I Love You, Beth Cooper
Directed by Chris Columbus.
Based on the novel by Larry Doyle. Denis (Paul Rust), a high school valedictorian, egged on by his best friend, Rich (Jack T. Carpenter), decides to “carpe diem” by speaking his mind during his graduation speech. He labels one student as a stuck-up diva, another as an insecure bully, another as a bully, Rich as gay, while announcing his love of Beth Cooper (Hayden Panettiere), a beautiful girl who has never paid any attention to him until now. Denis invites them to his graduation party at his home, where there his father (Alan Ruck) left him a stash of condoms just in case they might be needed. Beth arrives with her two friends, Treece (Lauren Storm) and Cammy (Lauren London). Kevin (Shawn Roberts), Beth’s boyfriend, eventually shows up with his two tough-looking buddies, to beat up Denis for trying to steal Beth away from him. Soon enough, Beth runs away from Kevin by driving around with Denis, Rich, Treece and Cammy. Throughout their adventures that wild and crazy night, Rich steps in cow dung in a field, a cow bites him on the neck and Denis’ bully gives Denis an awkwardly long hug at a party. Not surprisingly, in a rather silly scene, Kevin shows to battle it out with Denis again. There are also some corny moments of bonding between Denis and Beth where Denis is supposed to get to Beth Cooper for who she really is. Those moments lack authenticity as do so many other scenes that’ll make you say to yourself, “This can’t happen in real life.” However, just because the screenplay by Larry Doyle veers away from realistic situations, that doesn’t make it less entertaining, as long as you’re able to suspend your disbelief. Sure, the characters seem cartoonish at best and you’ll find yourself rolling your eyes every now and then, but there are some witty bits of dialogue that reference classic 80’s films, such as Risky Business. Most of the film’s success in keeping you engaged is thanks to the terrific casting of each actor and actress who clearly have a lot of fun in their respective roles and bring some well-needed comic energy, especially Paul Rust as Denis. Director Chris Cooper, who’s also known for directing Adventures in Babysitting back in 1987, wisely keeps the pace moving briskly with a well-chosen soundtrack to top it all off. At a running time of 102 minutes, I Love You, Beth Cooper manages to be silly, highly contrived and far from a classic, but it’s ultimately a harmless comedic adventure with a terrific cast and plenty of mindless fun that should please its target audience: teenagers. Number of times I checked my watch: 2 Released by 20th Century Fox. Opens nationwide.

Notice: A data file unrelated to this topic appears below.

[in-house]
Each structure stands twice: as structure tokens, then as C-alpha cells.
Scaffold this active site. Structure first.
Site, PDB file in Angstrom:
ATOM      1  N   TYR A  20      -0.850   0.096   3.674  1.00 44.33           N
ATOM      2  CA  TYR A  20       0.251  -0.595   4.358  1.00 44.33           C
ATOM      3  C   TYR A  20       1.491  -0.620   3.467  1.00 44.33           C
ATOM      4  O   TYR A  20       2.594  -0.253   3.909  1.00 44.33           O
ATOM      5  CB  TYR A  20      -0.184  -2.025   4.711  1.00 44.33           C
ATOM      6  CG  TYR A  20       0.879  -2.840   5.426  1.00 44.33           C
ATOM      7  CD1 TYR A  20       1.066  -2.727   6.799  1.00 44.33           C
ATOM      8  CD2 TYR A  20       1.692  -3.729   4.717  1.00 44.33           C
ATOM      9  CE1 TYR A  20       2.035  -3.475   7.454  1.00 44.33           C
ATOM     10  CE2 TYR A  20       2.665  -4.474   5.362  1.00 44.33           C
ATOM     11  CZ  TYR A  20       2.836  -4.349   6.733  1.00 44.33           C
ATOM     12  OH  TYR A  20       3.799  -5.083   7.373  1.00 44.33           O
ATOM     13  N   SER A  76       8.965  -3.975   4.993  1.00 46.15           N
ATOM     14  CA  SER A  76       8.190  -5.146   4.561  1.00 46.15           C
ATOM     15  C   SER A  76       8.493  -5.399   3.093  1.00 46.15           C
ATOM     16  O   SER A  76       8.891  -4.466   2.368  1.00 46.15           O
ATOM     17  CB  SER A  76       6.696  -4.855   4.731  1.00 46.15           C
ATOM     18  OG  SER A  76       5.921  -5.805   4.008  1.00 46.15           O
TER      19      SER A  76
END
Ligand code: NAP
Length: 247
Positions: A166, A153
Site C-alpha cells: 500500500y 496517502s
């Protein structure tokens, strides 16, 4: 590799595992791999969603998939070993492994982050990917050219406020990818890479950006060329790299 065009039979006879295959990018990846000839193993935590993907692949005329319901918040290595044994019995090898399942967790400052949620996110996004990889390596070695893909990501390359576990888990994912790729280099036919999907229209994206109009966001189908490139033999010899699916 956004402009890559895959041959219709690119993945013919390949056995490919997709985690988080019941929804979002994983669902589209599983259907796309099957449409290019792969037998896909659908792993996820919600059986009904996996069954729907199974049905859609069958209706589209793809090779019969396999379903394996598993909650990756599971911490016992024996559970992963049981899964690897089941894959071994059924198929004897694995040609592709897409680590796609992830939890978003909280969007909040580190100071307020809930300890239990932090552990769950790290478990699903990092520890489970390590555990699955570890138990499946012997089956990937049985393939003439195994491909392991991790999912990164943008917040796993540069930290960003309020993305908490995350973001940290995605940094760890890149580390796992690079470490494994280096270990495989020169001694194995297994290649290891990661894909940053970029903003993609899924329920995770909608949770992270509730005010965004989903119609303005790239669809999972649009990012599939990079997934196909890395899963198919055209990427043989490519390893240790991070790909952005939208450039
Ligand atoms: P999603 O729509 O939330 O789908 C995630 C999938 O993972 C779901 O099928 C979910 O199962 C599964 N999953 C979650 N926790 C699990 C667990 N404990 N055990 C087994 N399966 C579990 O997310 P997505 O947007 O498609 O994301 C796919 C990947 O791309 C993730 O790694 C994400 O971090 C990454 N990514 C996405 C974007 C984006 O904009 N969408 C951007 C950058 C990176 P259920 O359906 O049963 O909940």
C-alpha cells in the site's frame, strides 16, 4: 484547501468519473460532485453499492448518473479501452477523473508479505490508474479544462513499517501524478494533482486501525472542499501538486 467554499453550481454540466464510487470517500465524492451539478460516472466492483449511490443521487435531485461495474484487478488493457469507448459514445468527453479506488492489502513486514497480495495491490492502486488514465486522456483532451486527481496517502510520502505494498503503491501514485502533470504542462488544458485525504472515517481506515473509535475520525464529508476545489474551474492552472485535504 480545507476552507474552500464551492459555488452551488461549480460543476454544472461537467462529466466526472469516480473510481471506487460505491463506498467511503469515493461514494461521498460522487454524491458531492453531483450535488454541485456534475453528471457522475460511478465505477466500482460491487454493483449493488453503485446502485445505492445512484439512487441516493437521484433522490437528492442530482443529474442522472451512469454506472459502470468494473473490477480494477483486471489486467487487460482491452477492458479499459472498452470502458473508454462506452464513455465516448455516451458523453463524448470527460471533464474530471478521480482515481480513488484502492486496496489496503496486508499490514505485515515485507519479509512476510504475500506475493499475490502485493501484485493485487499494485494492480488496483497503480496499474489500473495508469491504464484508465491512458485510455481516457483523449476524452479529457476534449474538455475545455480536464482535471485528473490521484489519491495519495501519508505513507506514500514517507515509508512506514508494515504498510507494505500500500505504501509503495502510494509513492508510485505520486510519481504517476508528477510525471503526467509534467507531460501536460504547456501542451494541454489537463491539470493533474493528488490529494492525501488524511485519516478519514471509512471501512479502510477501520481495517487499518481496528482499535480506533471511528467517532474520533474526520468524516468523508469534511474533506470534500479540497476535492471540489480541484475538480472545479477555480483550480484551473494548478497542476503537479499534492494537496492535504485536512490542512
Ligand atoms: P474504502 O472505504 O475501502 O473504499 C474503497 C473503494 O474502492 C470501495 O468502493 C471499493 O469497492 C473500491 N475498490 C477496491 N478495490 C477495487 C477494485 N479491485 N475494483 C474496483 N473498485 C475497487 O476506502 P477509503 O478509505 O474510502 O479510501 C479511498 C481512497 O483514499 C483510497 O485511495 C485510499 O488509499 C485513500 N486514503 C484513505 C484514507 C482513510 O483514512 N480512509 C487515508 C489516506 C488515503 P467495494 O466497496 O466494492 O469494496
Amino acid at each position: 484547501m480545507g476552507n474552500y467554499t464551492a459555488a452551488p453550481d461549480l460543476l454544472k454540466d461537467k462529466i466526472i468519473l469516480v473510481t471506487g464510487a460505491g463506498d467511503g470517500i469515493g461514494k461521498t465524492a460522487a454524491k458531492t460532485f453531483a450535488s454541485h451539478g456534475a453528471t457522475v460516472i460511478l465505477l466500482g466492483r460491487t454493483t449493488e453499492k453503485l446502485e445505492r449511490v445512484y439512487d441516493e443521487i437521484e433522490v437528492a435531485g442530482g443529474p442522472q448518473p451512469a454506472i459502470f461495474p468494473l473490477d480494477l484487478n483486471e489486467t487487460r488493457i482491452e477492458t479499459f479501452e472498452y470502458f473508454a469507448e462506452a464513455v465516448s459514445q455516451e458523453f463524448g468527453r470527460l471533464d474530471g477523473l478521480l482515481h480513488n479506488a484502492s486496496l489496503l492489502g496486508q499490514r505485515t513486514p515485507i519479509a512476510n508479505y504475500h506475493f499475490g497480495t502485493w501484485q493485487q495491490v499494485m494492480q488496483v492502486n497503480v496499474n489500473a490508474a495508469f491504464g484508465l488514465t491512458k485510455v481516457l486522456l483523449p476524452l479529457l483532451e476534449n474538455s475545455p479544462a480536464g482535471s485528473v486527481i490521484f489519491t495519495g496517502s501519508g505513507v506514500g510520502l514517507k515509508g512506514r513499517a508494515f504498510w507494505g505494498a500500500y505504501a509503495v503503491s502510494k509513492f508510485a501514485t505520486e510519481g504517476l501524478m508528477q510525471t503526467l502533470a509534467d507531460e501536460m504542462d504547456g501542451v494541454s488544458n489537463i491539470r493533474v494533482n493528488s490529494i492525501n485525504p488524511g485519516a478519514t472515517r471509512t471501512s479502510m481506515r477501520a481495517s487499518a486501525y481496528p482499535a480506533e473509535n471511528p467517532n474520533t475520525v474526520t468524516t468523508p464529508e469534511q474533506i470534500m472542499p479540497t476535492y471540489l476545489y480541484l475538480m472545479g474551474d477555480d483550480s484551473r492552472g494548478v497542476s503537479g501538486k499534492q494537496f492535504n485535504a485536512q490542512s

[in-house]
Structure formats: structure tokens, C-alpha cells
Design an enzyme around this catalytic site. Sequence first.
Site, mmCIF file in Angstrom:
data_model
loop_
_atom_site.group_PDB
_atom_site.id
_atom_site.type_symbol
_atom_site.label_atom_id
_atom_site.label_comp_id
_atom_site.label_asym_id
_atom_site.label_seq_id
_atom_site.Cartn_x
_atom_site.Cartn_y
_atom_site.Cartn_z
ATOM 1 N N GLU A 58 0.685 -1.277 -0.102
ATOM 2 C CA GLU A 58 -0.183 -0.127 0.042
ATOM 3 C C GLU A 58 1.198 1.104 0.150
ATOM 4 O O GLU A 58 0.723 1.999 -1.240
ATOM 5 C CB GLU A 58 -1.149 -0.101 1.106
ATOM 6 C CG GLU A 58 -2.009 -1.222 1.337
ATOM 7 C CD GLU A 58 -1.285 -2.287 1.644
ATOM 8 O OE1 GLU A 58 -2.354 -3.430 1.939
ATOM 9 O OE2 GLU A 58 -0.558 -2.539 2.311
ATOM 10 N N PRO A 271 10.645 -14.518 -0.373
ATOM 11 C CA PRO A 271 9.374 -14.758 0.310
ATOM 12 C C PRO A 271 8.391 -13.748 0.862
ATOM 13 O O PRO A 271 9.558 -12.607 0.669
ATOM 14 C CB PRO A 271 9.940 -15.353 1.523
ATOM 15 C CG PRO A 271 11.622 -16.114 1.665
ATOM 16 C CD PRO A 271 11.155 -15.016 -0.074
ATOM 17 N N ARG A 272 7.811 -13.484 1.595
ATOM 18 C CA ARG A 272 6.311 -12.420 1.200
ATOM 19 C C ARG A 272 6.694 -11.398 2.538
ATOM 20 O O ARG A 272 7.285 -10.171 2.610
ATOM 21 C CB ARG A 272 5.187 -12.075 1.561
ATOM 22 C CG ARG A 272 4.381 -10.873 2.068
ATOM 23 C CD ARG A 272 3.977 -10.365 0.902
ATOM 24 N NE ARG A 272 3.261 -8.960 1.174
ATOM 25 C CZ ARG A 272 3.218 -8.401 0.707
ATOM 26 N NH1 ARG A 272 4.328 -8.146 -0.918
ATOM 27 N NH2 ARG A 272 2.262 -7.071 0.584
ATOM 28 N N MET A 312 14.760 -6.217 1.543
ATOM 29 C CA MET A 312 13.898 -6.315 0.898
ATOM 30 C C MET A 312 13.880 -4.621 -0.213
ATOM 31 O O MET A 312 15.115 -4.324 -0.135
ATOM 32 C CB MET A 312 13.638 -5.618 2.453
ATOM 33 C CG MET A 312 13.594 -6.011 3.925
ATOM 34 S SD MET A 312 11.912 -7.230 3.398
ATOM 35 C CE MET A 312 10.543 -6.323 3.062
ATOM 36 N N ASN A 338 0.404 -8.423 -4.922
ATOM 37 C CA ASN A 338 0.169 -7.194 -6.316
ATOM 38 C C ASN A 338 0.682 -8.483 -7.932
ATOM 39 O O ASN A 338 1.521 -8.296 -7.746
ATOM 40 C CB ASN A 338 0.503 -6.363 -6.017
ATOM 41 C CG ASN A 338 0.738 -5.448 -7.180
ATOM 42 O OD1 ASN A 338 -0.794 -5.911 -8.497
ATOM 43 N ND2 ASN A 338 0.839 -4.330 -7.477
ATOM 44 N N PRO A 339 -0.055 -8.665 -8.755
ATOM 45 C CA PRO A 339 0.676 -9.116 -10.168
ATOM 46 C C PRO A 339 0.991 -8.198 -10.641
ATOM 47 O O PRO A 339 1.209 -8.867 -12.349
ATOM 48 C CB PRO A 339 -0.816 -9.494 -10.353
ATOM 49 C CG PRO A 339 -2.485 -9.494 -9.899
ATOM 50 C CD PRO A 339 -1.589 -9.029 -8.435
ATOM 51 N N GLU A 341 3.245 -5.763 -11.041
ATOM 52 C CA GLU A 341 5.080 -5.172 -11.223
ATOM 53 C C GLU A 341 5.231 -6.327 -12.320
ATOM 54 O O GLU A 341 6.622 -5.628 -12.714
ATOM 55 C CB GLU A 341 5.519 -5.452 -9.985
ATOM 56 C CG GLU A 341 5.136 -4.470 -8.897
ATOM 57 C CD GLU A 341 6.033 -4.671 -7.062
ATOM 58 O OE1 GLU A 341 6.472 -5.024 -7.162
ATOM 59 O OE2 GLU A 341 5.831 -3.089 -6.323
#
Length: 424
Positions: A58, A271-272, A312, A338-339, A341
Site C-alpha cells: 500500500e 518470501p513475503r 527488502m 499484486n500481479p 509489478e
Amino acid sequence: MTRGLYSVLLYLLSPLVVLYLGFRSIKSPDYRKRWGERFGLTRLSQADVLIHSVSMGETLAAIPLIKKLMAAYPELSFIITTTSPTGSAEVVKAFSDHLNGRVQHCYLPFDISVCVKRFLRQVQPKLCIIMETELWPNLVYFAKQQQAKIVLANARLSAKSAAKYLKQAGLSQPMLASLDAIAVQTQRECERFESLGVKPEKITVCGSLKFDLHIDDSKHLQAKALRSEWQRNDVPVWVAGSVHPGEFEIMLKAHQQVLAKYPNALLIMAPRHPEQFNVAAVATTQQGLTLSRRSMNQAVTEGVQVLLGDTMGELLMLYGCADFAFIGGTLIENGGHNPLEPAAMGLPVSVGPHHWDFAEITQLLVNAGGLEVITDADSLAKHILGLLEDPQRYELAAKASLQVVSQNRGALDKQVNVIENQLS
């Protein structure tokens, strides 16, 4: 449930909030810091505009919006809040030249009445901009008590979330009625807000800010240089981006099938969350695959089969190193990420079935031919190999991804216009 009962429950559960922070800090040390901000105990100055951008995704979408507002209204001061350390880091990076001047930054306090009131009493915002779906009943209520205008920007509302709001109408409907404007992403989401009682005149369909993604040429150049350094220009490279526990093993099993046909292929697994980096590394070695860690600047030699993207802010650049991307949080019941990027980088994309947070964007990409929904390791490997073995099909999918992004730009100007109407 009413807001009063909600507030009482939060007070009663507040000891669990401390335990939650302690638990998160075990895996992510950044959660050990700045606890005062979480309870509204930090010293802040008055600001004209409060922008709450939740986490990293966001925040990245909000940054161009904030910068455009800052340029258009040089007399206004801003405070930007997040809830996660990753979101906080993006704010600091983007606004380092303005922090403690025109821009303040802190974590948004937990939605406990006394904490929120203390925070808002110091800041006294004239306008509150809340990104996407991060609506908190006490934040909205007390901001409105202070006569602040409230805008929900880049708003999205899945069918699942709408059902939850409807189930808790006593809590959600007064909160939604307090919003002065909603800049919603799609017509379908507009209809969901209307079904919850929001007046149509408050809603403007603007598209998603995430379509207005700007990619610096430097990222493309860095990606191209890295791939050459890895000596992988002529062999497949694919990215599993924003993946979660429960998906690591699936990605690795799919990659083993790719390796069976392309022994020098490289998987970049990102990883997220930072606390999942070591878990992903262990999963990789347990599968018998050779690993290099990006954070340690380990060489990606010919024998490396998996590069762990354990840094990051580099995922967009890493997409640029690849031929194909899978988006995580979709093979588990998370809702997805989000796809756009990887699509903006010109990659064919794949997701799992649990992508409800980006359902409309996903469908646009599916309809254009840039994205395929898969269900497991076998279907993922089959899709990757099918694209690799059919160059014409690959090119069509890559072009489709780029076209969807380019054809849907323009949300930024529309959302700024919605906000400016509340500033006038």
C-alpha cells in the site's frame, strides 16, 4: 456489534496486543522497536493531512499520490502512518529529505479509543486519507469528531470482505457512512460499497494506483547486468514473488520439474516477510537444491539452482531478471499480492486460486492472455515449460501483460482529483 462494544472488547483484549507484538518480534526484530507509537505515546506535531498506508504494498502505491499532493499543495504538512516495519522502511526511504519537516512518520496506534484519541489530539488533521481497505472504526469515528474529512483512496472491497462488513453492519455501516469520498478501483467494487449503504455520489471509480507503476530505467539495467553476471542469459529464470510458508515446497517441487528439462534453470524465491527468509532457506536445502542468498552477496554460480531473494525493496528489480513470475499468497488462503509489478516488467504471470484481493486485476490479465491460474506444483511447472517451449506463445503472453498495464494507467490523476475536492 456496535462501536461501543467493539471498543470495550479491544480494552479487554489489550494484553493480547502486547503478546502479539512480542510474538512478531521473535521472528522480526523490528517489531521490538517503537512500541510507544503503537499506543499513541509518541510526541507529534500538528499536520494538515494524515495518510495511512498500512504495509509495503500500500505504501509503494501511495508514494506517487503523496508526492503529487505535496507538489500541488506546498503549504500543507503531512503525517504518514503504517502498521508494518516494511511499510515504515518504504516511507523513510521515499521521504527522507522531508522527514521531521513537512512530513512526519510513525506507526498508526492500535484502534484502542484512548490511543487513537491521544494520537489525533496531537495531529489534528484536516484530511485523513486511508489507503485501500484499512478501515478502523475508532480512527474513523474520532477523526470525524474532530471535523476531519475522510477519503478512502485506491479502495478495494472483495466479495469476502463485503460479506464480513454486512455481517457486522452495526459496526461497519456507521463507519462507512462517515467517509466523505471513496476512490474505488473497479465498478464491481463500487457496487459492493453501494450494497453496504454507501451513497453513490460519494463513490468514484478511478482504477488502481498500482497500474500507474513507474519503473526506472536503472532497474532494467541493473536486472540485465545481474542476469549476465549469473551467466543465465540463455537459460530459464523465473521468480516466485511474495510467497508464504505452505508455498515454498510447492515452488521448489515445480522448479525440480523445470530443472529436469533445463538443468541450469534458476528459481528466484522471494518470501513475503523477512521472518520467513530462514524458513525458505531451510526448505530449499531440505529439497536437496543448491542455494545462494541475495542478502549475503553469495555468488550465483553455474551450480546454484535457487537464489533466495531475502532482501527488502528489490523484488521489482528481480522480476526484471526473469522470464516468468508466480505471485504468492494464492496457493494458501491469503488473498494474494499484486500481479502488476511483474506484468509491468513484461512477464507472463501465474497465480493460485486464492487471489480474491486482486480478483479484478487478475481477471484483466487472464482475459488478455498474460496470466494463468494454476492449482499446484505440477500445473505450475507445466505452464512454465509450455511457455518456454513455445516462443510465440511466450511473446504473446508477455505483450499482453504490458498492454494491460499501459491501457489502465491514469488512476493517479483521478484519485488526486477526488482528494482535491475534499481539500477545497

Directed by Fernando Eimbcke.
In Spanish with subtitles. Juan (Diego Catano), a young man, crashes his car into a telegraph pole along a road and survives the crash. The car, though, has stalled, leaving him stranded in a small Mexican town. All he needs to get the engine started is a new distributor harness, but it’s more difficult to find one than he thinks. He meets Don Juan (Hector Herrara), a mechanic who initially believes he’s a burglar and almost calls the police when he trespasses onto his property for help. In gently funny scene, Don Juan sits with Juan at table with two bowls of food in front of him, one for him and one, as it turns out, ends up being for his dog that eats directly from the table. After he learns that Don Juan can’t help him, he goes to an auto parts store where he meets the saleswoman, Lucia (Daniela Valentine), and the mechanic, David (Juan Carlos Lara), a young man obsessed with martial arts. He gives an open invitation to Juan to join him at the movie theater for a special showing of Enter the Dragon. Director/co-writer Fernando Eimbcke, who previously directed and co-wrote Duck Season, fills the film with many slices-of-life within the small Mexican town. Not every scene serves a means of moving the plot along; most of the interactions serve to enhance the realism without the use of twists or distracting subplots. The settings become a character of their own in a way, enhanced by exquisite cinematography and leisurely, relaxed pacing. At times you’ll feel so absorbed into the minimal plot that you can almost feel the heat from the blazing sun outdoors. While there ‘s not much tension or surprises to be found, there does happen to be one mystery that keeps you searching some sort of answer: why is the film called Lake Tahoe if it doesn’t even take place there? That answer becomes cleverly illuminated later on in the film, though. At a brief running time of 81 minutes, Lake Tahoe manages to be a simply complex, intelligent and quietly absorbing drama with just the right blend of humor, tenderness and cinéma vérité realism. Number of times I checked my watch: 1 Released by Film Movement. Opens at the Anthology Film Archives.